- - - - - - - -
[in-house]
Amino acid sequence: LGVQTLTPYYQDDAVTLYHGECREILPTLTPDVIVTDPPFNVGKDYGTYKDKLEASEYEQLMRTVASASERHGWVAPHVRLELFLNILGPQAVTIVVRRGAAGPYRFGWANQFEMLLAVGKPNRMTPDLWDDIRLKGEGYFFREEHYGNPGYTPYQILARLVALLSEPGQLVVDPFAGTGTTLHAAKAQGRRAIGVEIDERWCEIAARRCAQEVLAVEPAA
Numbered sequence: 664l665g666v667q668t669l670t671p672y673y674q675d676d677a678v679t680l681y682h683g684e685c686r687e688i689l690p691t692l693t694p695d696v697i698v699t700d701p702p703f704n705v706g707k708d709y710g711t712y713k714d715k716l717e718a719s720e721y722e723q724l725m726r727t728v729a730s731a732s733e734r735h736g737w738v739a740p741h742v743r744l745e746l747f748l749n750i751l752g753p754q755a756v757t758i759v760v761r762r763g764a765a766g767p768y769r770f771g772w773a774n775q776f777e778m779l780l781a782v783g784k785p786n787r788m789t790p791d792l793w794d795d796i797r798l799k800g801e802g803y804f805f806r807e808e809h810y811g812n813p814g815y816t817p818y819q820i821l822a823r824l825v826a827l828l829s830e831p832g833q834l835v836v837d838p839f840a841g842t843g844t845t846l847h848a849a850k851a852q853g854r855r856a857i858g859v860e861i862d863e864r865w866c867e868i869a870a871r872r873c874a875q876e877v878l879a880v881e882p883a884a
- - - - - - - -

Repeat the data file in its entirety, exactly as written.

[in-house]
Amino acid sequence: LGVQTLTPYYQDDAVTLYHGECREILPTLTPDVIVTDPPFNVGKDYGTYKDKLEASEYEQLMRTVASASERHGWVAPHVRLELFLNILGPQAVTIVVRRGAAGPYRFGWANQFEMLLAVGKPNRMTPDLWDDIRLKGEGYFFREEHYGNPGYTPYQILARLVALLSEPGQLVVDPFAGTGTTLHAAKAQGRRAIGVEIDERWCEIAARRCAQEVLAVEPAA
Numbered sequence: 664l665g666v667q668t669l670t671p672y673y674q675d676d677a678v679t680l681y682h683g684e685c686r687e688i689l690p691t692l693t694p695d696v697i698v699t700d701p702p703f704n705v706g707k708d709y710g711t712y713k714d715k716l717e718a719s720e721y722e723q724l725m726r727t728v729a730s731a732s733e734r735h736g737w738v739a740p741h742v743r744l745e746l747f748l749n750i751l752g753p754q755a756v757t758i759v760v761r762r763g764a765a766g767p768y769r770f771g772w773a774n775q776f777e778m779l780l781a782v783g784k785p786n787r788m789t790p791d792l793w794d795d796i797r798l799k800g801e802g803y804f805f806r807e808e809h810y811g812n813p814g815y816t817p818y819q820i821l822a823r824l825v826a827l828l829s830e831p832g833q834l835v836v837d838p839f840a841g842t843g844t845t846l847h848a849a850k851a852q853g854r855r856a857i858g859v860e861i862d863e864r865w866c867e868i869a870a871r872r873c874a875q876e877v878l879a880v881e882p883a884a